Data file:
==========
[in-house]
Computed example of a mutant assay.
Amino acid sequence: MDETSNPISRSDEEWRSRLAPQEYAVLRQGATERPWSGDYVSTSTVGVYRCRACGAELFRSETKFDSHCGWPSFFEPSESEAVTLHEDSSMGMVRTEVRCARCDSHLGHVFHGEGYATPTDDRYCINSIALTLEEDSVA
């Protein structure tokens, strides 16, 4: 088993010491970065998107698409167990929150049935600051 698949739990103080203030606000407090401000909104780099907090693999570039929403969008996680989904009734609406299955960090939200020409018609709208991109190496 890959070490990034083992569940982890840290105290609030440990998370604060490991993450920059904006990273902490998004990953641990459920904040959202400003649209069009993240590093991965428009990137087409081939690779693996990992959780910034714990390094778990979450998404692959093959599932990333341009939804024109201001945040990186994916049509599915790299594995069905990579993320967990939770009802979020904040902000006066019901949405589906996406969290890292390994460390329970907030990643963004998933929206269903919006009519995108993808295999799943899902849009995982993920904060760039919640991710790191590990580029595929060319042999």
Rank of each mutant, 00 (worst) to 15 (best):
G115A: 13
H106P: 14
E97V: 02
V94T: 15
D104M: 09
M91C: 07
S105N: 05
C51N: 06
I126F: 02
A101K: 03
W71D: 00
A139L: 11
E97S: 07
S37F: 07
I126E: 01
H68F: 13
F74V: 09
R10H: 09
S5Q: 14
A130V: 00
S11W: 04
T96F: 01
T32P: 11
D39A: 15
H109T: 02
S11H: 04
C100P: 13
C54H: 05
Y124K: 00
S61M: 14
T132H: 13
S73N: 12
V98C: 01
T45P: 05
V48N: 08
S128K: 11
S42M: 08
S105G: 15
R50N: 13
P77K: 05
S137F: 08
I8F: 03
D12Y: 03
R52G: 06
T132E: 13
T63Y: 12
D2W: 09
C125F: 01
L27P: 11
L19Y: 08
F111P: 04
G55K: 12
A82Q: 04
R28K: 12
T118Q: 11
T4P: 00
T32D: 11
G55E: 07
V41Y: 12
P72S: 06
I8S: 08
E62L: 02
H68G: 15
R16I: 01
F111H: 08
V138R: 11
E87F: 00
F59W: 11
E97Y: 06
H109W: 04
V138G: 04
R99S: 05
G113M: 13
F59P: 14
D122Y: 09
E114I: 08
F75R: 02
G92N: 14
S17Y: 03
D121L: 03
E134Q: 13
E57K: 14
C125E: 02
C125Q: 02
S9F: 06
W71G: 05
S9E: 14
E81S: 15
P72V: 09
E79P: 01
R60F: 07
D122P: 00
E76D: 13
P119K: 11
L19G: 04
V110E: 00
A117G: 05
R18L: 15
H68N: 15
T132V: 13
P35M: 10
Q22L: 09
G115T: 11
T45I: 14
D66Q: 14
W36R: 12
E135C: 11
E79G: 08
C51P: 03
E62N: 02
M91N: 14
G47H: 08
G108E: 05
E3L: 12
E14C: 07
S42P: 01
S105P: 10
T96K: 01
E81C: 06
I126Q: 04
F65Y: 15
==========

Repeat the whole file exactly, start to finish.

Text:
[in-house]
Computed example of a mutant assay.
Amino acid sequence: MDETSNPISRSDEEWRSRLAPQEYAVLRQGATERPWSGDYVSTSTVGVYRCRACGAELFRSETKFDSHCGWPSFFEPSESEAVTLHEDSSMGMVRTEVRCARCDSHLGHVFHGEGYATPTDDRYCINSIALTLEEDSVA
């Protein structure tokens, strides 16, 4: 088993010491970065998107698409167990929150049935600051 698949739990103080203030606000407090401000909104780099907090693999570039929403969008996680989904009734609406299955960090939200020409018609709208991109190496 890959070490990034083992569940982890840290105290609030440990998370604060490991993450920059904006990273902490998004990953641990459920904040959202400003649209069009993240590093991965428009990137087409081939690779693996990992959780910034714990390094778990979450998404692959093959599932990333341009939804024109201001945040990186994916049509599915790299594995069905990579993320967990939770009802979020904040902000006066019901949405589906996406969290890292390994460390329970907030990643963004998933929206269903919006009519995108993808295999799943899902849009995982993920904060760039919640991710790191590990580029595929060319042999």
Rank of each mutant, 00 (worst) to 15 (best):
G115A: 13
H106P: 14
E97V: 02
V94T: 15
D104M: 09
M91C: 07
S105N: 05
C51N: 06
I126F: 02
A101K: 03
W71D: 00
A139L: 11
E97S: 07
S37F: 07
I126E: 01
H68F: 13
F74V: 09
R10H: 09
S5Q: 14
A130V: 00
S11W: 04
T96F: 01
T32P: 11
D39A: 15
H109T: 02
S11H: 04
C100P: 13
C54H: 05
Y124K: 00
S61M: 14
T132H: 13
S73N: 12
V98C: 01
T45P: 05
V48N: 08
S128K: 11
S42M: 08
S105G: 15
R50N: 13
P77K: 05
S137F: 08
I8F: 03
D12Y: 03
R52G: 06
T132E: 13
T63Y: 12
D2W: 09
C125F: 01
L27P: 11
L19Y: 08
F111P: 04
G55K: 12
A82Q: 04
R28K: 12
T118Q: 11
T4P: 00
T32D: 11
G55E: 07
V41Y: 12
P72S: 06
I8S: 08
E62L: 02
H68G: 15
R16I: 01
F111H: 08
V138R: 11
E87F: 00
F59W: 11
E97Y: 06
H109W: 04
V138G: 04
R99S: 05
G113M: 13
F59P: 14
D122Y: 09
E114I: 08
F75R: 02
G92N: 14
S17Y: 03
D121L: 03
E134Q: 13
E57K: 14
C125E: 02
C125Q: 02
S9F: 06
W71G: 05
S9E: 14
E81S: 15
P72V: 09
E79P: 01
R60F: 07
D122P: 00
E76D: 13
P119K: 11
L19G: 04
V110E: 00
A117G: 05
R18L: 15
H68N: 15
T132V: 13
P35M: 10
Q22L: 09
G115T: 11
T45I: 14
D66Q: 14
W36R: 12
E135C: 11
E79G: 08
C51P: 03
E62N: 02
M91N: 14
G47H: 08
G108E: 05
E3L: 12
E14C: 07
S42P: 01
S105P: 10
T96K: 01
E81C: 06
I126Q: 04
F65Y: 15